Game of Thrones, eh? Season eight. What a piss-storm, you might say. Two years and almost half the episodes of a regular ol’ normal season back when it was about whispers and back rooms, not the “Dracarys” drinking game – two pissing years and all this rushing, teleportation, character arcs spun to circles, beats that are too predictable and then too rug-pully, so much that you see the fabric fray because the showrunners are, after all, the people who wrote Wolverine Origins, and they’ve been adrift for a couple more years than the two they took to make everything perfect and have, you might add, failed to do so.
Game of Thrones. The sensation. Burned to ruin, left for dire wolves to gnaw in the annals of the internet, eyeing each other feverishly over the bones. You might say.
I don’t actually share the full “My God, what an abortion” perspective. I do not want to throw Benioff and Weiss out into the cold like one of Craster’s babies. Season eight is . . . alright. At the top end, it’s good, never amazing. At the bottom it is, indeed, a betrayal to logic and emotional consistency. Well before Daenerys’ flip to the dark side, a lot of fans called bullshit. The wight plot was absurd. Tyrion’s failings were even more incongruous; his brain seemed to have vanished with his Westserosi passport in season five. Now we’ve had a piling excess of dumb – dumb Varys, dumb cavalry charges, a dumb-diddly-dumbass Lannister reunion in the Red Keep that has snuffed out the show’s best character development.
And yet, plenty of coolness. The cinematography. The acting. Arya’s pug face of death. If the writing has been much less than it could’ve been, the production talent has never been more singular.
Once this article is published, the finale will almost be here, and Game of Thrones will move further to the scale of ‘disaster’ or ‘oh yeah, right, yeah’ in our cultural consciousness.
So how do you feel about the ending? The ending to such an engrossing, massive televisual schematic which, for a while at least, deserved every bit of attention it received? An end that, I suspect, will be just as messy, odd, fast-paced and half-satisfying as what’s preceded it for 12 episodes?
On the completion of his Dark Tower books, Stephen King gave a warning: “Should you go on, you will surely be disappointed, perhaps even heartbroken. I have one key left on my belt, but all it opens is that final door, the one marked. What’s behind it won’t improve your love life, grow hair on your bald spot, or add five years to natural span (not even five minutes). There is so no such thing as a happy ending. I never met a single ending to equal ‘Once upon a time.’”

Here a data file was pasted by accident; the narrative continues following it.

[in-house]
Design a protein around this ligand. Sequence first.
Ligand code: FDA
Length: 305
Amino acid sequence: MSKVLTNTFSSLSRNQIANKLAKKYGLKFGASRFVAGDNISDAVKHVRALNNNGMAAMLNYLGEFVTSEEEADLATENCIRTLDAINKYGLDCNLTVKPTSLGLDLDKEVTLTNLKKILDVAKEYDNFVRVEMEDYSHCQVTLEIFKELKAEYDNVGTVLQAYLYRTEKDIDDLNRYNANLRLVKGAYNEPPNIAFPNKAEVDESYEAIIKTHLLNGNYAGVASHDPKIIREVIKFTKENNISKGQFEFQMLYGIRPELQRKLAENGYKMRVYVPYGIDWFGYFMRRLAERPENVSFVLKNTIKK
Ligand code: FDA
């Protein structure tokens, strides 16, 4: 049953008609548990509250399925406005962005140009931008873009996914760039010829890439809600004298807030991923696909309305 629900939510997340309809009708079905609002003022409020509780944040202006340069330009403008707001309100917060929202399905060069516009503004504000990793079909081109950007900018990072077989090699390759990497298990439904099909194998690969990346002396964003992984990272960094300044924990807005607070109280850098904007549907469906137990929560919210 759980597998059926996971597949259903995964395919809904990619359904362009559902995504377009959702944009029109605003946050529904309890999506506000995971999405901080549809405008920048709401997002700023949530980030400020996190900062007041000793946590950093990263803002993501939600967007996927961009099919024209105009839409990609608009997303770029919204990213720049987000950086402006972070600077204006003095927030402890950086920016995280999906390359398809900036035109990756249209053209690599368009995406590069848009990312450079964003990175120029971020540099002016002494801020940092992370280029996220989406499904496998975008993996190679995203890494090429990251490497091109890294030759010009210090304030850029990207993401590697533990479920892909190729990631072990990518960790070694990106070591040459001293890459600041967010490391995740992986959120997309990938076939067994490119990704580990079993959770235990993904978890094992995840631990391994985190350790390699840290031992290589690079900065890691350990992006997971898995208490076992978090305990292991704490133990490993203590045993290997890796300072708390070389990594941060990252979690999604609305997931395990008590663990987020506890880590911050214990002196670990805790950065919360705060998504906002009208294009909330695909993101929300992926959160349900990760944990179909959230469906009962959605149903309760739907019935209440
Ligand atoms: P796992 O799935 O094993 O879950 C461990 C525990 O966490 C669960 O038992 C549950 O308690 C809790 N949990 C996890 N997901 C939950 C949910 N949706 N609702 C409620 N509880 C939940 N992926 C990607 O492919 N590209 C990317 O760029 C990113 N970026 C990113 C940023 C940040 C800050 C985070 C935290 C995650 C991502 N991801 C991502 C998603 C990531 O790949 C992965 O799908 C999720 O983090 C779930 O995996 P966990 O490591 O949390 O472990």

We suppose, perhaps crave, a conclusion that deepens whatever came before it. The last rattling cough of a narrative can speak to everything else, the preamble, the getting-to-know-you stage of fiction and the humps of associated challenges, but it’s only been done several times well. TV is built for longevity. Novels and films and short stories work either due to their completeness, or their emboldening to leave things as they are.
We don’t afford television the same luxury. Not thinking on the journey to get there, lumped with myriad production issues and nervous writing and making sure actors are there for the duration and endless, endless speculation on how it will all end from the get go – that is the nature of the medium. Endings are so hard to land because they are so far from the glint of the new, of the conversation that can, in good circumstance, lift a story to an exalted place in our culture where so much time and talk is invested that closure is craved, not cherished.
Few deliver. The Wire bowed to Greek tragedy and suggested cyclical patterns we can never undo. The Sopranos left us with the squeal of a door hinge for a question mark. Breaking Bad brought Walter White to his knees, yet asked us to forgive him marginally in the guise of an M60. Lost, Heroes and Dexter fucked up spectacularly. Deadwood never got to end at all. The only satisfying-on-all-cylinders finale I can think of is Six Feet Under, and that involved the conceit of death as the primary story, so finality was as inevitable as a shrivelled flower in a vase.
Game of Thrones is assuredly plagued by bad decisions this season. But it shouldn’t stop you from enjoying what came before it, and what is left. The glory years are gone; hype has blown what is left out of proportion. Still, wack in seasons one to four and have a blast. It doesn’t matter. Imagine the tale as an organic beast, one that didn’t know an end was here and leaned into potential, the moist earth of a meal it couldn’t see.
By the way, I’ll be covering the last episode soon so do check back. Valar Reviewis.